Russia's Nuclear Cruise Missile Is Struggling To Take Off, Imagery Suggests Earlier this year, Russian President Vladimir Putin claimed his nation had successfully tested a nuclear-powered weapon. Satellite imagery suggests it may not have gone so well.

Russia's Nuclear Cruise Missile Is Struggling To Take Off, Imagery Suggests

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Earlier this year, Vladimir Putin announced that Russia had tested a new kind of nuclear missile. Putin declared it a success. But satellite images shared exclusively with NPR suggest the missiles testing may have had a different outcome. Here's NPR's Geoff Brumfiel.

GEOFF BRUMFIEL, BYLINE: People usually say a missile is nuclear when it carries a nuclear warhead. But this is something else. It carries a nuclear warhead, but it's also nuclear-powered.


PRESIDENT VLADIMIR PUTIN: (Through interpreter) This is what I'm going to tell you about now, this new kind of weapon...

BRUMFIEL: In a speech in March, Putin claimed a small nuclear reactor on board can let the missile fly indefinitely. He showed a graphic of it zigzagging across the globe.


PUTIN: (Through interpreter) It has unlimited range, so it can keep going like this forever, maneuvering...

BRUMFIEL: Putin claimed a nuclear-powered prototype took off and flew in late 2017. But U.S. intelligence was also watching with surveillance. And after his speech, they told the press that based on what they saw, the missile test had failed. Now, civilian arms control experts here in the U.S. didn't have access to military spy planes or satellites, but they got to wondering - could they figure out anything about what was going on? They started looking for clues in Putin's speech. Putin showed some video of what he says was the missile's launch.


BRUMFIEL: There were a few visible features in the video - a small building, some shipping containers. Putin also said the test happened in a place where Russia used to test its nuclear bombs, a remote chain of islands in the far north. So these experts started looking, scanning commercial satellite images of the islands from a company called Planet.

ANNE PELLEGRINO: It's actually quite beautiful when you look at it when it's just covered in ice in the satellite images.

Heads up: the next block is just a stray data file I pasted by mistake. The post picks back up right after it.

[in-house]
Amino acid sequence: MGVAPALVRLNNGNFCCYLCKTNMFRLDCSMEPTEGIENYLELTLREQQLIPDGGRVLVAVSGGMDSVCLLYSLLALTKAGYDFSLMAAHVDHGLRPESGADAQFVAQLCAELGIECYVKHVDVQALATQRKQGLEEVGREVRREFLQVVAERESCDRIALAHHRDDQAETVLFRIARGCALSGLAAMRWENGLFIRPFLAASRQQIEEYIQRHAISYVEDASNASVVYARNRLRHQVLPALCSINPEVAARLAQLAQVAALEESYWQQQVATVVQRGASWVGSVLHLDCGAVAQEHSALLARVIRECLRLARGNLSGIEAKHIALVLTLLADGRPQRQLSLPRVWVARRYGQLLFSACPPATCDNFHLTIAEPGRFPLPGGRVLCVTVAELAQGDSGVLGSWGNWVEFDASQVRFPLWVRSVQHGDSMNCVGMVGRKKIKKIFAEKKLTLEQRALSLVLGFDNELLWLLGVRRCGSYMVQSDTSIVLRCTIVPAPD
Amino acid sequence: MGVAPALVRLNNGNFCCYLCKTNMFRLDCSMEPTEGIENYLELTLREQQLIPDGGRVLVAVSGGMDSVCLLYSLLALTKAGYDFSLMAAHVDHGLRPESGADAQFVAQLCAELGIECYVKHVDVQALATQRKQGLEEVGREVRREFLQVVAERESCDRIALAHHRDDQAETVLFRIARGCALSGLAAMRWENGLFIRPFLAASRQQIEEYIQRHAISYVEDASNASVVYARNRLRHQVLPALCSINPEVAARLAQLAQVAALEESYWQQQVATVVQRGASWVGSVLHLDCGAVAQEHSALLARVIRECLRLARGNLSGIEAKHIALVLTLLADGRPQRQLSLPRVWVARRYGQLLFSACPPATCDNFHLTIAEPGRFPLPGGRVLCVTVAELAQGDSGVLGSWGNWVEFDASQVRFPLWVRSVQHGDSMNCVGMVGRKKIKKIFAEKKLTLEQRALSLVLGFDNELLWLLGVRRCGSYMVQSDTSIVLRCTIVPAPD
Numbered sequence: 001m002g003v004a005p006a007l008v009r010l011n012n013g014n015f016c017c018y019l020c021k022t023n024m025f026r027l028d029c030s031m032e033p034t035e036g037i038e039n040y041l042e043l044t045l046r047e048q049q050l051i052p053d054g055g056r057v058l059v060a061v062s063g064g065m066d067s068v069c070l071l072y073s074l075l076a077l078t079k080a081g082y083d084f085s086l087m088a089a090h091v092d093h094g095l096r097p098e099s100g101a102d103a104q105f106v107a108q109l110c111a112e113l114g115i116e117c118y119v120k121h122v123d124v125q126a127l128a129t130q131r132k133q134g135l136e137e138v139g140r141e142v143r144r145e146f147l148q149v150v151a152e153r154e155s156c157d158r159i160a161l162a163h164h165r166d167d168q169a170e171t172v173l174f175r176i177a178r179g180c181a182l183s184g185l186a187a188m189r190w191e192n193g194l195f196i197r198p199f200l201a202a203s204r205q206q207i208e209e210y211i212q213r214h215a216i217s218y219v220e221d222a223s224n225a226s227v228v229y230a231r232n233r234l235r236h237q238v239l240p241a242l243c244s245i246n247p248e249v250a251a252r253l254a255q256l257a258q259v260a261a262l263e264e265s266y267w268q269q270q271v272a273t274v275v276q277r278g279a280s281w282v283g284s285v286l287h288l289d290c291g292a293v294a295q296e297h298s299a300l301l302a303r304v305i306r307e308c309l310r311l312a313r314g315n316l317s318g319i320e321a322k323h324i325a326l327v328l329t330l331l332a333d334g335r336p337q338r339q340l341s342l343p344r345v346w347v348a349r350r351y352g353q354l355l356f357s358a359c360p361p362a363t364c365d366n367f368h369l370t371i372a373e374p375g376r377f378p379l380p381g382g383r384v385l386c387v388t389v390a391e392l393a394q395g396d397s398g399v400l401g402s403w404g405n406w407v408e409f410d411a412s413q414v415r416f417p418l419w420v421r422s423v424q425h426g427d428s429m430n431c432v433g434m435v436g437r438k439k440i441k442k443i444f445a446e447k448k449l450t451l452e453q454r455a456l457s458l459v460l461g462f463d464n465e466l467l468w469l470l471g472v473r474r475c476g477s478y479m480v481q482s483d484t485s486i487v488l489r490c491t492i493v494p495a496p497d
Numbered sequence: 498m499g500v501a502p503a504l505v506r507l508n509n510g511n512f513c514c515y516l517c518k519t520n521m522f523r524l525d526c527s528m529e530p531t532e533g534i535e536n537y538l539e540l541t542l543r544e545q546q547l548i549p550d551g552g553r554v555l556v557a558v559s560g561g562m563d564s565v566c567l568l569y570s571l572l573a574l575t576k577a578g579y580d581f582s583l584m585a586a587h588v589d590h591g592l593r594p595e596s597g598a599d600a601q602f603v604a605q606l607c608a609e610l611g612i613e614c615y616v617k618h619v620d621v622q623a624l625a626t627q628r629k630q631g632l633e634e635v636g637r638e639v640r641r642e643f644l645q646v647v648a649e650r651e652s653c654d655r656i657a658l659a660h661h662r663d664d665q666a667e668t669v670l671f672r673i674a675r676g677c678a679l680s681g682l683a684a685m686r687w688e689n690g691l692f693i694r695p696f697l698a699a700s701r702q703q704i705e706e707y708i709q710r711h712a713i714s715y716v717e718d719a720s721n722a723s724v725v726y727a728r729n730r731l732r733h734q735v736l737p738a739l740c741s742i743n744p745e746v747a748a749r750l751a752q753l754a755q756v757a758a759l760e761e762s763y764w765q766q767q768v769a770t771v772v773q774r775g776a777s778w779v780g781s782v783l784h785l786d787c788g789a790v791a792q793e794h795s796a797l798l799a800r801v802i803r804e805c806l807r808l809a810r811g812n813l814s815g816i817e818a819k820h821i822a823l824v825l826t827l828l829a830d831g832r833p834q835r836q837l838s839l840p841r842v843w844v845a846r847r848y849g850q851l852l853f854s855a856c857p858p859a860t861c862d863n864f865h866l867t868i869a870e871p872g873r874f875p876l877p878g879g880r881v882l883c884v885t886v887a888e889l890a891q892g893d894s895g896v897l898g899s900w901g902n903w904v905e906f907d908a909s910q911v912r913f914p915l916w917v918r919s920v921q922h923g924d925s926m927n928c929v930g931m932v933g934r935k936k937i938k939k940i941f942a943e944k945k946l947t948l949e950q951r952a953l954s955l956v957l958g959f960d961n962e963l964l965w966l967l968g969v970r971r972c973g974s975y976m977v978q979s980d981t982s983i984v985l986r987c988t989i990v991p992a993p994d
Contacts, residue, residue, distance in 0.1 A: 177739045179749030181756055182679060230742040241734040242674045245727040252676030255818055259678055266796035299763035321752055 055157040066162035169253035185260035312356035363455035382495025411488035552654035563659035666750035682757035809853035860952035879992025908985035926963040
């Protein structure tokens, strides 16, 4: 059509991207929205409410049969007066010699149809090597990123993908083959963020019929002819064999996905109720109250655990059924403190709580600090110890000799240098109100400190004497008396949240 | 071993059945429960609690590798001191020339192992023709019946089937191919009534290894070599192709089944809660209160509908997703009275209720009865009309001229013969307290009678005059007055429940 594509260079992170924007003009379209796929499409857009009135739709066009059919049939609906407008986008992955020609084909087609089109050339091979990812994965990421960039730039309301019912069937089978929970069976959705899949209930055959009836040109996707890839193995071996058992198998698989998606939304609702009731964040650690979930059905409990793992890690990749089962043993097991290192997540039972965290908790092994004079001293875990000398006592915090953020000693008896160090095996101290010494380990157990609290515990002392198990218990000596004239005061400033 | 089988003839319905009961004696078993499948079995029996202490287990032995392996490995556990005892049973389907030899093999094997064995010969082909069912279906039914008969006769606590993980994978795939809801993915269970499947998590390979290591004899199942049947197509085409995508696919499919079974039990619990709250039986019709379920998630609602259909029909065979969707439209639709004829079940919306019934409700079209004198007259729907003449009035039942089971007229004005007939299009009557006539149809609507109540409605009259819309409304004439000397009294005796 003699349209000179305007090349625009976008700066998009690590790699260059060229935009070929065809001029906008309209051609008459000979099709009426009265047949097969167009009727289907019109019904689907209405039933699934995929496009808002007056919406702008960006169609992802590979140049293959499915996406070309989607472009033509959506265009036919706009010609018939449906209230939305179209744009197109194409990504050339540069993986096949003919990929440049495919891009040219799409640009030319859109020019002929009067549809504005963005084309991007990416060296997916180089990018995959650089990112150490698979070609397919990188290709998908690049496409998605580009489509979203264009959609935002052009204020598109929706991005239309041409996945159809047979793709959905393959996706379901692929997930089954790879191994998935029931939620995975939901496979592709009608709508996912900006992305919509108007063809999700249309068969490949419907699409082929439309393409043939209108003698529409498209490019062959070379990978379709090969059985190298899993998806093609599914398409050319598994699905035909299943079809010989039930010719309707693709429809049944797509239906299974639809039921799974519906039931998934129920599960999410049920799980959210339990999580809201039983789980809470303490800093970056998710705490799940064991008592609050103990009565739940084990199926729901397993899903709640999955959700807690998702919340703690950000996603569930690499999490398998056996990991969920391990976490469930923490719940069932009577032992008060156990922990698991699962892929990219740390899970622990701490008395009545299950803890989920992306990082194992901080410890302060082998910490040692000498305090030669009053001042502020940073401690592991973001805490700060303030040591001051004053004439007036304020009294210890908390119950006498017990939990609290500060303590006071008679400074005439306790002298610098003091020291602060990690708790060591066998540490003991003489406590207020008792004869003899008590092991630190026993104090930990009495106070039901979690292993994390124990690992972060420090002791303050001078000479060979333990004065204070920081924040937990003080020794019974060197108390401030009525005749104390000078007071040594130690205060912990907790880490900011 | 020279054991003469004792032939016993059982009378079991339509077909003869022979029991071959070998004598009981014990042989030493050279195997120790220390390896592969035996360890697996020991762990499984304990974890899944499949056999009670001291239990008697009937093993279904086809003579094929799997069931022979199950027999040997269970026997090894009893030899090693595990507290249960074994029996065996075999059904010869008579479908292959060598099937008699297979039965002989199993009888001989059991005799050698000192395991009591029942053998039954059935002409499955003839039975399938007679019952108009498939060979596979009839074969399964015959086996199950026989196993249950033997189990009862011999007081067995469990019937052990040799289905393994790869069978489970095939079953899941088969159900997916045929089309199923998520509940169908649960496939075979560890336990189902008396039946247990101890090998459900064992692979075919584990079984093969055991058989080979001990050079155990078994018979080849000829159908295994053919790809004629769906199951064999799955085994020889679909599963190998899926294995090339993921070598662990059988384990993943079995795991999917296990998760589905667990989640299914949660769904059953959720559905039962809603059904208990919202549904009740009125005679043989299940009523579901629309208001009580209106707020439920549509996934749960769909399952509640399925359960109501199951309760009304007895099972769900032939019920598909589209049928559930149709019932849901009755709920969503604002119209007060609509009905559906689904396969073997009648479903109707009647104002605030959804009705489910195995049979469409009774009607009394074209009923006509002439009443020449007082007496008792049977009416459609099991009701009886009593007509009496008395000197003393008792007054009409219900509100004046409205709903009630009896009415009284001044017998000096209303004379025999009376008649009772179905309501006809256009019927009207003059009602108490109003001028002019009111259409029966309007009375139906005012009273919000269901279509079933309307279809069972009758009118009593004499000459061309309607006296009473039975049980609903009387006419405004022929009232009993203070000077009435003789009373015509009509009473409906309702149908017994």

BRUMFIEL: That's Anne Pellegrino, one of the researchers at the Middlebury Institute of International Studies who looked at the satellite pictures. The team eventually pinpointed the spot the missile launched from using clues in Putin's presentation. And then they started monitoring the satellite photos, day after day. A lot of times, there wasn't much to see. It's usually cloudy, so the satellites can't pick up much. But Pellegrino didn't mind.

PELLEGRINO: No. It's not boring at all. It's extremely fascinating.

BRUMFIEL: Then in July, the team noticed something unusual - a ship showed up, then another ship, this one for handling nuclear fuel. The ships went north to a spot in the ocean near the islands and parked themselves there. Now, according to U.S. intelligence reports, the missiles had flown for a couple of minutes and crashed. Pellegrino and the team did a few quick calculations and figured out where the missiles would have gone down.

PELLEGRINO: It would put it smack in the ocean just off the coast.

BRUMFIEL: Right where these ships were lurking. Was this a salvage operation? The ships eventually moved away, and then something else happened. The Russians packed up their missile test site and left. Jeffrey Lewis headed the team at the Middlebury Institute.

JEFFREY LEWIS: That suggests to me that the program may be experiencing some developmental challenges.

BRUMFIEL: If the Russians have challenges, they wouldn't be alone. The U.S. actually tried to develop its own nuclear-powered missile back in the 1960s. The government went so far as to build a test engine on the ground. Sure enough, it seemed like it could fly forever.

LEWIS: The downside, at least in the early U.S. designs, was it was spewing lethal amounts of radioactivity the entire time.

BRUMFIEL: In the end, the U.S. gave up on its version, but the Russians may have stuck with it. Paul Schwartz is with CNA, a defense think tank based in Virginia.

PAUL SCHWARTZ: I don't think you can definitively say that the program has been canceled.

BRUMFIEL: He says that it's pretty normal after testing like this to take a pause.

SCHWARTZ: It may just be that there are some additional results that now need to be taken back and worked on.

BRUMFIEL: Jeffrey Lewis says this is about more than whether the missile worked. The fact that the Russians are designing such an unusual weapon is a sign that they are returning to an old way of thinking.

LEWIS: You know, this is a resumption of the arms race. You know, these are the kinds of crazy systems that really mark to the most intense periods of U.S.-Soviet competition.

BRUMFIEL: He hopes the U.S. and Russia will consider new treaties, one that would ban unusual weapons like this nuclear-powered missile. Geoff Brumfiel, NPR News.


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